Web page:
Wage Price Index data for the March quarter show wages going nowhere except in health and education — a reflection of the government's policy of wage stagnation.
Another quarter, and more bad news for Australia's private sector workers with wage stagnation continuing.
Good morning, early birds. The Prime Minister says he would like religious schools to be able to hire and fire staff according to their personal beliefs. Plus, Ray Hadley says sorry. It's the news you need to know, with Chris Woods.
US economists and policymakers are sufficiently concerned about wage stagnation to investigate the impact of corporate power. Meantime, here it's a chorus of Pollyannas.
Wage stagnation for Australian workers continued in the June quarter, with private sector employees falling behind inflation. It's become a hallmark of this Coalition government.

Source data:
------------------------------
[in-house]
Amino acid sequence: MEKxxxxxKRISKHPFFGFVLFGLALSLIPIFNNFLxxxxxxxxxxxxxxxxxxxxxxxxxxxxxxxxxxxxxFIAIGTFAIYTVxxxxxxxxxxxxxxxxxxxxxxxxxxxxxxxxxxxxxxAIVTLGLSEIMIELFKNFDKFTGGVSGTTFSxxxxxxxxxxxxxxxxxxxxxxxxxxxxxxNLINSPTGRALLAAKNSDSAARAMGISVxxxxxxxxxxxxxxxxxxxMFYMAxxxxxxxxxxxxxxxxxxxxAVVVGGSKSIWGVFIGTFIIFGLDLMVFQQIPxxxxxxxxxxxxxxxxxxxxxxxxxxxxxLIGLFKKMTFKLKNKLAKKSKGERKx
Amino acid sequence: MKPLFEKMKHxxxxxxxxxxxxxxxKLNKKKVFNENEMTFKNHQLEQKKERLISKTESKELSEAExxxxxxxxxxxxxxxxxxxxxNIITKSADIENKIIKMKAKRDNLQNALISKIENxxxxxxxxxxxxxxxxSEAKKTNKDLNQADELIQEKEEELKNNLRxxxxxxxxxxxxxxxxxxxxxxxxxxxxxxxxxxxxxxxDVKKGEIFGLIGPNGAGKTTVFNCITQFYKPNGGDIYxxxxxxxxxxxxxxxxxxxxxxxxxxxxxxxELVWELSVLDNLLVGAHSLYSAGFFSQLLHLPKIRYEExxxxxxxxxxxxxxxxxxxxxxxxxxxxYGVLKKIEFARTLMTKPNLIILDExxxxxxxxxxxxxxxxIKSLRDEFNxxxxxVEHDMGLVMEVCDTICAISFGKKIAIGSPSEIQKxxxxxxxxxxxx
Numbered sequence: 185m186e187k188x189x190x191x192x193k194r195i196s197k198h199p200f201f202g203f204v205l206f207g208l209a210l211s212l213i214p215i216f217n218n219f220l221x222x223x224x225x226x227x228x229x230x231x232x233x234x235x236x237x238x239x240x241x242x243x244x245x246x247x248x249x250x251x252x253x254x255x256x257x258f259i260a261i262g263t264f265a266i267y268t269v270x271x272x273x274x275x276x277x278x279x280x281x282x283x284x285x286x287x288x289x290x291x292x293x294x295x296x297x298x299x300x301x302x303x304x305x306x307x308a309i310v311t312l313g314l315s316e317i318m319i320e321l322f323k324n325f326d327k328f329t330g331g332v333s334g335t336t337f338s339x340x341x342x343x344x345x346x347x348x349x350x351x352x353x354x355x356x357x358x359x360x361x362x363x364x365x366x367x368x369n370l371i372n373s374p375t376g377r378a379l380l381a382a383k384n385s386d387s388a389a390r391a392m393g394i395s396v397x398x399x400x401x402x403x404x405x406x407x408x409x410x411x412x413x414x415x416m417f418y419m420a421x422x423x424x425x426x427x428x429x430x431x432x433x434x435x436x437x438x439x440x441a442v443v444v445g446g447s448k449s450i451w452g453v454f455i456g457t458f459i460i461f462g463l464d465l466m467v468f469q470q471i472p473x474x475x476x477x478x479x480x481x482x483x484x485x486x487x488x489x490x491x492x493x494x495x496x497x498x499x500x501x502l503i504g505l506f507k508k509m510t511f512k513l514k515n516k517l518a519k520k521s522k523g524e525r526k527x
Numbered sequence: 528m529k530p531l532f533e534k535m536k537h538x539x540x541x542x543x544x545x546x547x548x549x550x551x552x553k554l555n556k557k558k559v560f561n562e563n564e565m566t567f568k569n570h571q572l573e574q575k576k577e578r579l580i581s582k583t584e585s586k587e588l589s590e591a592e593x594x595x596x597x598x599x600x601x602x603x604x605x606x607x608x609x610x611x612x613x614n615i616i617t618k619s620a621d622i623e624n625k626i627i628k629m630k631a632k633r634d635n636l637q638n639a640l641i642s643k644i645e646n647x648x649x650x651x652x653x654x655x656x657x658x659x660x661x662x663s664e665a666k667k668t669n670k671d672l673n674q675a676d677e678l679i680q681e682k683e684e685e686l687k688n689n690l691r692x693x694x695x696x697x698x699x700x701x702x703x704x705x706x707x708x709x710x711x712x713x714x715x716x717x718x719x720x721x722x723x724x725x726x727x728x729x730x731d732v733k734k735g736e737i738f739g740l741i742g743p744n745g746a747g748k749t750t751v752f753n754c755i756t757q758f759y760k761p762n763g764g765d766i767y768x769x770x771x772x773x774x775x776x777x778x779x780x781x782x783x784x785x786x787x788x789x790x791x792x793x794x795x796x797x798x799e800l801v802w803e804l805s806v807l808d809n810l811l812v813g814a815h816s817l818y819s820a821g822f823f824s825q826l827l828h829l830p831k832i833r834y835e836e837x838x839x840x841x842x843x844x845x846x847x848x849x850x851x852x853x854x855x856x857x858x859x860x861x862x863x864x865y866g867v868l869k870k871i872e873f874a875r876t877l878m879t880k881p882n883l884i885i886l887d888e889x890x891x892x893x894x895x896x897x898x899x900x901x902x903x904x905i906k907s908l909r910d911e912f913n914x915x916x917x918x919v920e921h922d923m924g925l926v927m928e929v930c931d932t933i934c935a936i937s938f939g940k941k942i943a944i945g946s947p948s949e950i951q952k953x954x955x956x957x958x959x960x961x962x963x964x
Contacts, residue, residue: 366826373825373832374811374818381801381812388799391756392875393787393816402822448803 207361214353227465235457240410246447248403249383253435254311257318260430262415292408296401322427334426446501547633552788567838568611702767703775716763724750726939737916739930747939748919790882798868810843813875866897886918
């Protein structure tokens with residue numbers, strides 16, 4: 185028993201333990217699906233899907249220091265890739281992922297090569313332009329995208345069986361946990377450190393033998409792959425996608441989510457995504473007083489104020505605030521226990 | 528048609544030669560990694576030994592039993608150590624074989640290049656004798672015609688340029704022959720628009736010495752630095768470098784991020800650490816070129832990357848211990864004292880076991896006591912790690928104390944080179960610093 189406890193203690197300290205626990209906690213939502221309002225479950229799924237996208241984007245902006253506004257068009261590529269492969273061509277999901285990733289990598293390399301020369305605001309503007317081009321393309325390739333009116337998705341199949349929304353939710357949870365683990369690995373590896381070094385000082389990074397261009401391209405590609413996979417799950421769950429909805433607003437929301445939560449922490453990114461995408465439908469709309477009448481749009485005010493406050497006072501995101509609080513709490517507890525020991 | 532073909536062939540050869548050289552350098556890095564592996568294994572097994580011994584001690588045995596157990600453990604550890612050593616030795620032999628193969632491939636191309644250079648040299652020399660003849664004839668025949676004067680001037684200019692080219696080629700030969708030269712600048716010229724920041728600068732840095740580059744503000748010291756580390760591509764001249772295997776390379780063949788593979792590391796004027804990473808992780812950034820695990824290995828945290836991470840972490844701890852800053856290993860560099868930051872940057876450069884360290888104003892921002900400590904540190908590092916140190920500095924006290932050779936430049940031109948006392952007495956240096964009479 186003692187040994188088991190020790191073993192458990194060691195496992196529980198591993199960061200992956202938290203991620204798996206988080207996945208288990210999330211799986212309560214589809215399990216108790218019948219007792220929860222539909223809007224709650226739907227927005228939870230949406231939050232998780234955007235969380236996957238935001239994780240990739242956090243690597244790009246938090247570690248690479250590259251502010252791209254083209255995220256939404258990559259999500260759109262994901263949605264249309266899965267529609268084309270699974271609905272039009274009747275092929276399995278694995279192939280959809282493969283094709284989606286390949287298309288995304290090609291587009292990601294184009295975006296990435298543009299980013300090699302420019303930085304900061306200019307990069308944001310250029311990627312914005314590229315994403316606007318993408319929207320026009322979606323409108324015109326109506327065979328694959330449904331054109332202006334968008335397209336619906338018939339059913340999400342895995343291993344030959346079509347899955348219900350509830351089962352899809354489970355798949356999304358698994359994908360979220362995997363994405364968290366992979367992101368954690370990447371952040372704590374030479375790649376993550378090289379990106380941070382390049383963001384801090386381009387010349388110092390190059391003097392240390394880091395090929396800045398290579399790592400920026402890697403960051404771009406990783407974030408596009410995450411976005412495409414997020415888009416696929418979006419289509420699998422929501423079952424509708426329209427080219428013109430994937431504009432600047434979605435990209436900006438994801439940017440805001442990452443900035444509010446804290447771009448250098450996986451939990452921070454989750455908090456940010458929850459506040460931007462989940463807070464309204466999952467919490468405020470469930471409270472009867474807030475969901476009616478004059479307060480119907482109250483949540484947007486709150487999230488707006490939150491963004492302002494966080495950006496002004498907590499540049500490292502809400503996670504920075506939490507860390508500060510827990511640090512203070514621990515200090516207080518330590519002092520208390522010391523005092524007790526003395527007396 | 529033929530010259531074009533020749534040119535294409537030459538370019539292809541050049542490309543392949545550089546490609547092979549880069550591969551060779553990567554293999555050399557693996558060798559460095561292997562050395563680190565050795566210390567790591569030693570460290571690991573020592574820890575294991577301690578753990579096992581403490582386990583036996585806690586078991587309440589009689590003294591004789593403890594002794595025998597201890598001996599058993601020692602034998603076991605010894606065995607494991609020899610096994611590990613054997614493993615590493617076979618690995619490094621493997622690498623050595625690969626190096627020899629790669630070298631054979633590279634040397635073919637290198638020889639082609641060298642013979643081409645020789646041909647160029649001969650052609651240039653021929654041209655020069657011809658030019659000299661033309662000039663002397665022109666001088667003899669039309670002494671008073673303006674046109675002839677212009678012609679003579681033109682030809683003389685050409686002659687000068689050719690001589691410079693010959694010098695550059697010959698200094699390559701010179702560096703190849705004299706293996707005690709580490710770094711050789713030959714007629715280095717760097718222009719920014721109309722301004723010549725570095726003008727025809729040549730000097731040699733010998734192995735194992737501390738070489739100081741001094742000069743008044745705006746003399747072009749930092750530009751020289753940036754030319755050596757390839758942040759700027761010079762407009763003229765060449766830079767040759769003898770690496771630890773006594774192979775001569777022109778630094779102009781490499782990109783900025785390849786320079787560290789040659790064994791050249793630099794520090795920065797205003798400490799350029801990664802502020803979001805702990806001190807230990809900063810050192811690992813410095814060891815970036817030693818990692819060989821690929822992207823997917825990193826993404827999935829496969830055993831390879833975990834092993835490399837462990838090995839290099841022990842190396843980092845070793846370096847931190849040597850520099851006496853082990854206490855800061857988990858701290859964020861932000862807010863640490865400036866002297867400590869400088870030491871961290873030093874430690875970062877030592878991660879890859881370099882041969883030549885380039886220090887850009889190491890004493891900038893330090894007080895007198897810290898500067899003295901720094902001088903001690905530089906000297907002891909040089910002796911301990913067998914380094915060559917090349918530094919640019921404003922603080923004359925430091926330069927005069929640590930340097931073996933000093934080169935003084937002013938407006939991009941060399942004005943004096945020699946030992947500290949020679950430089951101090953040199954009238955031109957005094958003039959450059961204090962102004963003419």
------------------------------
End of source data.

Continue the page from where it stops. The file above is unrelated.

Another bad wages growth number shows Australian workers struggling to keep ahead of inflation, and in some major sectors, going backwards, Glenn Dyer and Bernard Keane write.
Wages growth -- long forecast to lift this financial year -- remains stuck at 2%, giving the lie to Treasury and RBA forecasts, Glenn Dyer and Bernard Keane write.
Wages growth is so low it is underperforming budget forecasts, which is bad news for the budget -- and the BHP result will add to Treasurer Scott Morrison's woes, Bernard Keane and Glenn Dyer write.
Employment growth is clearly weakening again even as wage growth continues to plumb new lows. It all points to the RBA considering another rate cut, Glenn Dyer and Bernard Keane write.